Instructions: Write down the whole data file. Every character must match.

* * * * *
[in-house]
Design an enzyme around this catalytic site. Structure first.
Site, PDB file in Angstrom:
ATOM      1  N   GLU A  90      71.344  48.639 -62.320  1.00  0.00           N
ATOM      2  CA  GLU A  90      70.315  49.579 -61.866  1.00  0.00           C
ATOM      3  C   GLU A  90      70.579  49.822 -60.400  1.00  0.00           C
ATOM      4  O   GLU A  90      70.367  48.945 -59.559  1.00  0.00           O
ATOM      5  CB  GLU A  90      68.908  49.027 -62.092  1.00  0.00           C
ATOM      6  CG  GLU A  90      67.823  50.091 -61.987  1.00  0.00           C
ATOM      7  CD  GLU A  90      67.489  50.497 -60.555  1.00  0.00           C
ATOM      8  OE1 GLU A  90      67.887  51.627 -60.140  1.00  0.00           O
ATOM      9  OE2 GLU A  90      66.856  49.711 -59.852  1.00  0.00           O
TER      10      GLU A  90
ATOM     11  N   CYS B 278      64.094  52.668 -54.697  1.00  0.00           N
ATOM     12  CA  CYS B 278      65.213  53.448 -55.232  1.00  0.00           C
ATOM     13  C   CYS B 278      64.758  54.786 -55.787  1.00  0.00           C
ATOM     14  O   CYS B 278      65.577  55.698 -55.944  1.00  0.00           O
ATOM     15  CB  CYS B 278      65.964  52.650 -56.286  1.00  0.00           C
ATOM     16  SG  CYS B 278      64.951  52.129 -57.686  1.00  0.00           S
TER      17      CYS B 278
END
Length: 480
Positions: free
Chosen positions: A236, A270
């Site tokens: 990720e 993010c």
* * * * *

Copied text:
[in-house]
Design an enzyme around this catalytic site. Structure first.
Site, PDB file in Angstrom:
ATOM      1  N   GLU A  90      71.344  48.639 -62.320  1.00  0.00           N
ATOM      2  CA  GLU A  90      70.315  49.579 -61.866  1.00  0.00           C
ATOM      3  C   GLU A  90      70.579  49.822 -60.400  1.00  0.00           C
ATOM      4  O   GLU A  90      70.367  48.945 -59.559  1.00  0.00           O
ATOM      5  CB  GLU A  90      68.908  49.027 -62.092  1.00  0.00           C
ATOM      6  CG  GLU A  90      67.823  50.091 -61.987  1.00  0.00           C
ATOM      7  CD  GLU A  90      67.489  50.497 -60.555  1.00  0.00           C
ATOM      8  OE1 GLU A  90      67.887  51.627 -60.140  1.00  0.00           O
ATOM      9  OE2 GLU A  90      66.856  49.711 -59.852  1.00  0.00           O
TER      10      GLU A  90
ATOM     11  N   CYS B 278      64.094  52.668 -54.697  1.00  0.00           N
ATOM     12  CA  CYS B 278      65.213  53.448 -55.232  1.00  0.00           C
ATOM     13  C   CYS B 278      64.758  54.786 -55.787  1.00  0.00           C
ATOM     14  O   CYS B 278      65.577  55.698 -55.944  1.00  0.00           O
ATOM     15  CB  CYS B 278      65.964  52.650 -56.286  1.00  0.00           C
ATOM     16  SG  CYS B 278      64.951  52.129 -57.686  1.00  0.00           S
TER      17      CYS B 278
END
Length: 480
Positions: free
Chosen positions: A236, A270
């Site tokens: 990720e 993010c």